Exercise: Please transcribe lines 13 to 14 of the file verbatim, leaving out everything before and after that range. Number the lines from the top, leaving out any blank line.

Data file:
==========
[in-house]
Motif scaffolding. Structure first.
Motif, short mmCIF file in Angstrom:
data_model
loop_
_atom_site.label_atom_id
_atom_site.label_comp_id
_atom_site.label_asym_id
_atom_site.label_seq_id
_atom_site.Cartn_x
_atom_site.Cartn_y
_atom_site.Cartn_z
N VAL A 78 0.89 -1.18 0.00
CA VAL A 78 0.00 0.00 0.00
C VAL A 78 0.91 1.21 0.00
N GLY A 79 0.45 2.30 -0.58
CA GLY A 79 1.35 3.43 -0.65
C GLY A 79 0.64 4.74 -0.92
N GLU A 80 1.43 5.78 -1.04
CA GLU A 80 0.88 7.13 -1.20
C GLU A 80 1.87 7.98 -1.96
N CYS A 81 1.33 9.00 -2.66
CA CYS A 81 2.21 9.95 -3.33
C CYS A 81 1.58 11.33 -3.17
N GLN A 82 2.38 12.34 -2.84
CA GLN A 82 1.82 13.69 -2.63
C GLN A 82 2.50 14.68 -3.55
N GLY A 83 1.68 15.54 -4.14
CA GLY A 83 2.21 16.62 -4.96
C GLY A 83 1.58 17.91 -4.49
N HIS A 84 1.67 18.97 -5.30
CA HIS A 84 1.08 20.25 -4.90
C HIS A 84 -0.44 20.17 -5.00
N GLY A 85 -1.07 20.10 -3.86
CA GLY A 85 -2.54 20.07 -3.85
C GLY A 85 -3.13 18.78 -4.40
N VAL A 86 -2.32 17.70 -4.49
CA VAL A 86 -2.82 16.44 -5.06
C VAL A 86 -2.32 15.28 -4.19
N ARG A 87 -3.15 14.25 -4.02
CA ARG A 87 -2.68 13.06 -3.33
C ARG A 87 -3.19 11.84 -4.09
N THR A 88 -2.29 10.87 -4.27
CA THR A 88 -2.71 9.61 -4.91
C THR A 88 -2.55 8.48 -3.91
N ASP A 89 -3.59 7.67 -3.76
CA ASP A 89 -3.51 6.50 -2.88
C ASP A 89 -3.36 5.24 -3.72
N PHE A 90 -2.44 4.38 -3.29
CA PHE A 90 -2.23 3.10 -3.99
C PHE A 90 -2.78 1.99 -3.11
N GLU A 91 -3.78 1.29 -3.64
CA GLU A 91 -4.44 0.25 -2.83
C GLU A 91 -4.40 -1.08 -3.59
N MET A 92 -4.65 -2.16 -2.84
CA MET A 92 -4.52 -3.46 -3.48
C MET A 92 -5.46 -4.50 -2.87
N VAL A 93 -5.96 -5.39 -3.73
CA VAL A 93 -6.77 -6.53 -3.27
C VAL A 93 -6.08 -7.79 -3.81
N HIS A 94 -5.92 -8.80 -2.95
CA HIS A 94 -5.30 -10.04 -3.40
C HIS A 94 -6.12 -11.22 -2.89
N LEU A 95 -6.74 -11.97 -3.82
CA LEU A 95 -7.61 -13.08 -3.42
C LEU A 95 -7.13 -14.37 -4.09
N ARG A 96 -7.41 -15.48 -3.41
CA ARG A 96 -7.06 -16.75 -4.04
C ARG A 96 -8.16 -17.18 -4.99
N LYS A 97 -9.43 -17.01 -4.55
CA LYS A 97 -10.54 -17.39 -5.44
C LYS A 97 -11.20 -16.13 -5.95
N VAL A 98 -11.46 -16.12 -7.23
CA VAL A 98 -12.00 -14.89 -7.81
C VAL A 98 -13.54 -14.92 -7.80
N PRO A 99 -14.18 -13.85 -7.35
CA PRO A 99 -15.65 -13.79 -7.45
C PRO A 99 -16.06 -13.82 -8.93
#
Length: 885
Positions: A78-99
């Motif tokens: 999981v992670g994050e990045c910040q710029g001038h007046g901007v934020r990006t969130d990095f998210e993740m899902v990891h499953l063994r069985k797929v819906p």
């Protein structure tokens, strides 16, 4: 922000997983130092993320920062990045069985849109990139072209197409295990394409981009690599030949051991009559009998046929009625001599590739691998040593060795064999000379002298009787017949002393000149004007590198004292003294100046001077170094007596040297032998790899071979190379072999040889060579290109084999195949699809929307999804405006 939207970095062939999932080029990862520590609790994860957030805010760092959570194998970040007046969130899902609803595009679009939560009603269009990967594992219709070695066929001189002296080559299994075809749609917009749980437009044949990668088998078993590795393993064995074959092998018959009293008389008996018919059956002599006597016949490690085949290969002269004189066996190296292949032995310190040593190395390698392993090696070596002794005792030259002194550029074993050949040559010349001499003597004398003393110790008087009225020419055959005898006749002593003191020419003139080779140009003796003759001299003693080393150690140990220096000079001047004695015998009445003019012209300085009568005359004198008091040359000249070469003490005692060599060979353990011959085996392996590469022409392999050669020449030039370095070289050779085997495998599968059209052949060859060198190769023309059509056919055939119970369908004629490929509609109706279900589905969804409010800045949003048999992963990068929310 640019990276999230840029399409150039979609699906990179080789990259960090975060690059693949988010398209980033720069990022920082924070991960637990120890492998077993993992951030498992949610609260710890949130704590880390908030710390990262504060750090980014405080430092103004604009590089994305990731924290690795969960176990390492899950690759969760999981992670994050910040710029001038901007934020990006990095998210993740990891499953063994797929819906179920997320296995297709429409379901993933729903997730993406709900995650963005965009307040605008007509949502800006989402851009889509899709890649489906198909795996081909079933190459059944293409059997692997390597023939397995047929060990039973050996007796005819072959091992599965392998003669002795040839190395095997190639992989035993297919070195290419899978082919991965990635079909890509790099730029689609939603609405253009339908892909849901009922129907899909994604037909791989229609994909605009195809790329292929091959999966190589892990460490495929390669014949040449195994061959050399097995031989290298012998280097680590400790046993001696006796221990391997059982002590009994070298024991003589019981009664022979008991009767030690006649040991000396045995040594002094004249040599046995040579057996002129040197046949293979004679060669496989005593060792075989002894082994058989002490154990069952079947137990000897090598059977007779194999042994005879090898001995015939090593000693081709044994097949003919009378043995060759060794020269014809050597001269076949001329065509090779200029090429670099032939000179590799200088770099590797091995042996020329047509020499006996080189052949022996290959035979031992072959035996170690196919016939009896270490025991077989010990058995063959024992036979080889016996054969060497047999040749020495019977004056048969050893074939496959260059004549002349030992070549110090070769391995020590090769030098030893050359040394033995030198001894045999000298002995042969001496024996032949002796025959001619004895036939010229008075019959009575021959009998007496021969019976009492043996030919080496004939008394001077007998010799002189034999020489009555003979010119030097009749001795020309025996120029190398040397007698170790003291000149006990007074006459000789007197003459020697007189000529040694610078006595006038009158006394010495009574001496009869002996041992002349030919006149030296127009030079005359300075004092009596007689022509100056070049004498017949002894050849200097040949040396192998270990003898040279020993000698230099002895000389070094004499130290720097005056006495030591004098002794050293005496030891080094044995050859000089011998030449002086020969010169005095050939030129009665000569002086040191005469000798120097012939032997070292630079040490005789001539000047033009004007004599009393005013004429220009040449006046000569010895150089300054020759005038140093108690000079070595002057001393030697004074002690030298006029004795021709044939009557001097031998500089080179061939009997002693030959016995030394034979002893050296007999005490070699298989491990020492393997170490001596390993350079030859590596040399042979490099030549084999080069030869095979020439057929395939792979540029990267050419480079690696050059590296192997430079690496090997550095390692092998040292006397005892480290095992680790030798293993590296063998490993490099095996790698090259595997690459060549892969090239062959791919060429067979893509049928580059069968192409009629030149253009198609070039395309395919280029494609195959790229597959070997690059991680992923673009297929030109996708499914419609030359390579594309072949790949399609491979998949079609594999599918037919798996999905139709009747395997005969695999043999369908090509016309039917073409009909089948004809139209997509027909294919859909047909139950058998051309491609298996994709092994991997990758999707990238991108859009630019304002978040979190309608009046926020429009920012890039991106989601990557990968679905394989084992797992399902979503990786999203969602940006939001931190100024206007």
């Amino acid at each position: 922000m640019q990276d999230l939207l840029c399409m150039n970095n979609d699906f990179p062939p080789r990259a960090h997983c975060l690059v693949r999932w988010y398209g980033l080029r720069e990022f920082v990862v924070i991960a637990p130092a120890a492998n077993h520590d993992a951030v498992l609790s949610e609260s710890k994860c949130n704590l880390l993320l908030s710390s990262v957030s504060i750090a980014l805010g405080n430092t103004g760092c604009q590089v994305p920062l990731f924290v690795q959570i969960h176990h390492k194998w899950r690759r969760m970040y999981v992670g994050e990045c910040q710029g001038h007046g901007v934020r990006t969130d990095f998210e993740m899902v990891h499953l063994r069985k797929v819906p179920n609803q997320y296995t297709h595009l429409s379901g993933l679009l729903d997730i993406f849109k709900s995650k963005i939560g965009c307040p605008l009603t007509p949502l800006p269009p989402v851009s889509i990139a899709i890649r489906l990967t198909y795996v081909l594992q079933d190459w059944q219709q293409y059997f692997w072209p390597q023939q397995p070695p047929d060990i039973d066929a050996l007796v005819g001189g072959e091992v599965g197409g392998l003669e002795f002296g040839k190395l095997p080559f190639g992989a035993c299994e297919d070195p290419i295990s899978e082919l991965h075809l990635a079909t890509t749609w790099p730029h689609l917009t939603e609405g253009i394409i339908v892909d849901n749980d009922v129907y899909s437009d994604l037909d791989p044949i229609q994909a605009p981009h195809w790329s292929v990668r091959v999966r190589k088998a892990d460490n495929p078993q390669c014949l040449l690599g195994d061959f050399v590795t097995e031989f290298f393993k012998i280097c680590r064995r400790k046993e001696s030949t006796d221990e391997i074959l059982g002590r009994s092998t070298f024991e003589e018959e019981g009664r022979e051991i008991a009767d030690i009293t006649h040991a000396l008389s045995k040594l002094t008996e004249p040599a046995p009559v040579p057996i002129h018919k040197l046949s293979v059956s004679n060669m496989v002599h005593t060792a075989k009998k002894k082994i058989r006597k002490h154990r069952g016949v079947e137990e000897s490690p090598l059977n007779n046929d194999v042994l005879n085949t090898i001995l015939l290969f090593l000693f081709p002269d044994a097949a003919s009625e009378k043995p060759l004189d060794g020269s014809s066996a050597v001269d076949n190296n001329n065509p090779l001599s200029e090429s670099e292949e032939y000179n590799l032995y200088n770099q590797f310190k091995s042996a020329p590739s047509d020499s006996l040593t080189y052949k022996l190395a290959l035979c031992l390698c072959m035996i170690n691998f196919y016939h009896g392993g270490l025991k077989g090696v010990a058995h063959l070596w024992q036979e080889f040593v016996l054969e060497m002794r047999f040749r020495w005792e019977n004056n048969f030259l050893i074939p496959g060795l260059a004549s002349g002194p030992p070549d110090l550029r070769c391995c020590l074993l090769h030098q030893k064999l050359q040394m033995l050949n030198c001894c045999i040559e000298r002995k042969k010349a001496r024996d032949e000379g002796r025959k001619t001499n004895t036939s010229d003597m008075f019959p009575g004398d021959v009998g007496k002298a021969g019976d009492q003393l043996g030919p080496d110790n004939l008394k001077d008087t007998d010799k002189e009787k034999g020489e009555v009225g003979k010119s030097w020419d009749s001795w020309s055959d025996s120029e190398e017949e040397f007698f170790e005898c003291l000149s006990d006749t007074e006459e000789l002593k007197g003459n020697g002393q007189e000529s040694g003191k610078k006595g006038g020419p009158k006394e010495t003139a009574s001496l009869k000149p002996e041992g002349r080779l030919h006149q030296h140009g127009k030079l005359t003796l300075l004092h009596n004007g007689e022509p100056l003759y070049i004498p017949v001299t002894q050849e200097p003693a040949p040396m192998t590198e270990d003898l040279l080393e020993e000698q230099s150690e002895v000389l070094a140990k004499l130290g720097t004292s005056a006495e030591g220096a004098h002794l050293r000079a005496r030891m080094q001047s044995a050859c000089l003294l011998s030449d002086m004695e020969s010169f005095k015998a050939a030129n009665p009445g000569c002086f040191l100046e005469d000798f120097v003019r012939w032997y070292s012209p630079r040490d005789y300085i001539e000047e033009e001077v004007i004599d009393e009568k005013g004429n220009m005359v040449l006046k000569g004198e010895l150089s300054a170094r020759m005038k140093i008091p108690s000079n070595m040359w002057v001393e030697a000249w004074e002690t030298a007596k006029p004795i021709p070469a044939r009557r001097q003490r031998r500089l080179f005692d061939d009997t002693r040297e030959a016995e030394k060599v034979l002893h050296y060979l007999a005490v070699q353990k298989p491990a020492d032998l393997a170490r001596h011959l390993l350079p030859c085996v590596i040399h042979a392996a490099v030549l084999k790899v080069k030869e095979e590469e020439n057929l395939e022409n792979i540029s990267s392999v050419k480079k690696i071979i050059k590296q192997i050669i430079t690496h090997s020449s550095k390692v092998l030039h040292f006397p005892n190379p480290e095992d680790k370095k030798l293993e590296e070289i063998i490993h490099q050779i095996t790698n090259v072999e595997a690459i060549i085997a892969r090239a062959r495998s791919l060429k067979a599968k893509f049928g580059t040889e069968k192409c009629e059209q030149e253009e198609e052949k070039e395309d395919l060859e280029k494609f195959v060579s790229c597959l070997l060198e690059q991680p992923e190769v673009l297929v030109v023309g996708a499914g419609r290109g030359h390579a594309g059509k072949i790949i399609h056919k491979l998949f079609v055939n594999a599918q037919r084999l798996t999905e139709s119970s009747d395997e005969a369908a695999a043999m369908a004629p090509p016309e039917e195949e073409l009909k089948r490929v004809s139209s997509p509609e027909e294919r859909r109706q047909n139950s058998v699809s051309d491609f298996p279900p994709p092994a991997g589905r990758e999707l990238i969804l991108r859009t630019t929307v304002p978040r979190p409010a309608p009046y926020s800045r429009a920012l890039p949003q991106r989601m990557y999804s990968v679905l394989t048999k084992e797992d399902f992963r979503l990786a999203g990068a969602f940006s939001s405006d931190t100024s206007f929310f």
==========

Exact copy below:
N VAL A 78 0.89 -1.18 0.00
CA VAL A 78 0.00 0.00 0.00